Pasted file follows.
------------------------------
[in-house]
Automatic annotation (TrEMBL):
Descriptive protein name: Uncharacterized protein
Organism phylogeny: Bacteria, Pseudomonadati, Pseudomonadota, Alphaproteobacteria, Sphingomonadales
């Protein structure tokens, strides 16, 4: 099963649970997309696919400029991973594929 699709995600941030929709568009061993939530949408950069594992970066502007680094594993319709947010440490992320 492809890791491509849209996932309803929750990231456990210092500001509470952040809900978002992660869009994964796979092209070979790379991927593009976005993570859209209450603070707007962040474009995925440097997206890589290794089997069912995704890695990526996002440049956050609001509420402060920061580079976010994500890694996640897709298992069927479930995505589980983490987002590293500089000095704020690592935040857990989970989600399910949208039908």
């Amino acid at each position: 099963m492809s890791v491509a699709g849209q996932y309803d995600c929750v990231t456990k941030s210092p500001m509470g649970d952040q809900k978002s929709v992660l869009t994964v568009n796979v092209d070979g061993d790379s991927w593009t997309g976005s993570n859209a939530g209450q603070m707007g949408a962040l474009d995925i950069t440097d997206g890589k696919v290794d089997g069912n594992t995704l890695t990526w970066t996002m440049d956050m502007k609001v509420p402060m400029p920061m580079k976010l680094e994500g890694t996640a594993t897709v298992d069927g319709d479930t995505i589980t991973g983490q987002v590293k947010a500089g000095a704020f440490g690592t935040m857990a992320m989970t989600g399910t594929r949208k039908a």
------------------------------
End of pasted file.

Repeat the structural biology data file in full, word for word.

[in-house]
Automatic annotation (TrEMBL):
Descriptive protein name: Uncharacterized protein
Organism phylogeny: Bacteria, Pseudomonadati, Pseudomonadota, Alphaproteobacteria, Sphingomonadales
């Protein structure tokens, strides 16, 4: 099963649970997309696919400029991973594929 699709995600941030929709568009061993939530949408950069594992970066502007680094594993319709947010440490992320 492809890791491509849209996932309803929750990231456990210092500001509470952040809900978002992660869009994964796979092209070979790379991927593009976005993570859209209450603070707007962040474009995925440097997206890589290794089997069912995704890695990526996002440049956050609001509420402060920061580079976010994500890694996640897709298992069927479930995505589980983490987002590293500089000095704020690592935040857990989970989600399910949208039908």
């Amino acid at each position: 099963m492809s890791v491509a699709g849209q996932y309803d995600c929750v990231t456990k941030s210092p500001m509470g649970d952040q809900k978002s929709v992660l869009t994964v568009n796979v092209d070979g061993d790379s991927w593009t997309g976005s993570n859209a939530g209450q603070m707007g949408a962040l474009d995925i950069t440097d997206g890589k696919v290794d089997g069912n594992t995704l890695t990526w970066t996002m440049d956050m502007k609001v509420p402060m400029p920061m580079k976010l680094e994500g890694t996640a594993t897709v298992d069927g319709d479930t995505i589980t991973g983490q987002v590293k947010a500089g000095a704020f440490g690592t935040m857990a992320m989970t989600g399910t594929r949208k039908a």